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Bruce Chaplin--a British writer, archeologist, and world traveler, (also friend of Salman Rushdie, Werner Herzog, etc) wrote of the AID's pandemic in the 1980's. His letters below were written while he was in the last stages of HIV. Certain themes of that plague seem to mirror today's Covid-19 crisis. He died of AID's, January 18,1989, at the age of 49, a few months after he wrote the letters below:
Letter to Carey Welch, The Radcliffe Medical Foundation. 25 July 1988
We live in a time of new viruses: a time of Pandora's Box. Climatic Change is the motor of evolution, and the sweeping changes in climate that have affected many parts of Africa offer ideal conditions for a virus that may have been stable over many thousands of years to burst its bounds, and set off to colonize the world.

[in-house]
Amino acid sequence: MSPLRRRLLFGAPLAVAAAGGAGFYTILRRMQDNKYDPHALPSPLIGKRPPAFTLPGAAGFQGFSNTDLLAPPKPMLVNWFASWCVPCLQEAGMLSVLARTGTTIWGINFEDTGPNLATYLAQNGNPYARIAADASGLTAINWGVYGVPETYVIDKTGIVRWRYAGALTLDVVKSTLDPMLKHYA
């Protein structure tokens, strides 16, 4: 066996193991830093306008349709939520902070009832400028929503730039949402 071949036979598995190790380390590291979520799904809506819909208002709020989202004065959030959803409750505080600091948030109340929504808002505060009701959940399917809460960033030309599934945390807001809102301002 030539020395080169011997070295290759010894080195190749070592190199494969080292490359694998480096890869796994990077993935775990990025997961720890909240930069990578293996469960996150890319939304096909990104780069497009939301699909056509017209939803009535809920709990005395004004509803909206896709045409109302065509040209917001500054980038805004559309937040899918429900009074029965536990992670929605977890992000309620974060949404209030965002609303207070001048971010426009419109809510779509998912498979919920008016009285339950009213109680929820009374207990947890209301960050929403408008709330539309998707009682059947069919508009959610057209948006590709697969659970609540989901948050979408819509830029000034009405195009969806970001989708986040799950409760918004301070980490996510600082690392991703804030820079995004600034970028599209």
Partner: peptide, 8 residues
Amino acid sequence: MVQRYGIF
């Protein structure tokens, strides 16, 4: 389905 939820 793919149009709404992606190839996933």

The most pressing medical problems since tuberculosis is HIV (Human Immuno-Deficiency Virus), vulgarly known as Aids. The word should never be used by the medical profession, since it plays into the hands of the gutter press, and causes panic and despair: in France, not even M. le Pen could do much with 'le S.I.D.A.' There is, in fact, no cause for panic. H.I.V. is not a late twentieth century Gotterdammerung: it is another African virus.
My friend, David Warrell, is Professor of tropical medicine and infectious diseases at Oxford University. He is one of the finest clinical physicians in this country. He has spent many years in the Far East, working in the field to advance the study of cerebral malaria. He is a world authority on snake-bite, but he has recently returned to Oxford to lead a team of researchers into HIV.
As you probably know the virus constantly mutates and there seems little hope at present of preparing a vaccine. Excellent results have been achieved by the laboratories in describing the virus; but in the future we shall have to look elsewhere. The stable form of the primordial HIV must exist in Africa, and we intend to find it. The pessimists will say it is like looking for the proverbial needle in the haystack. The problem may be simpler: that of the archaeologist who knows where to dig.
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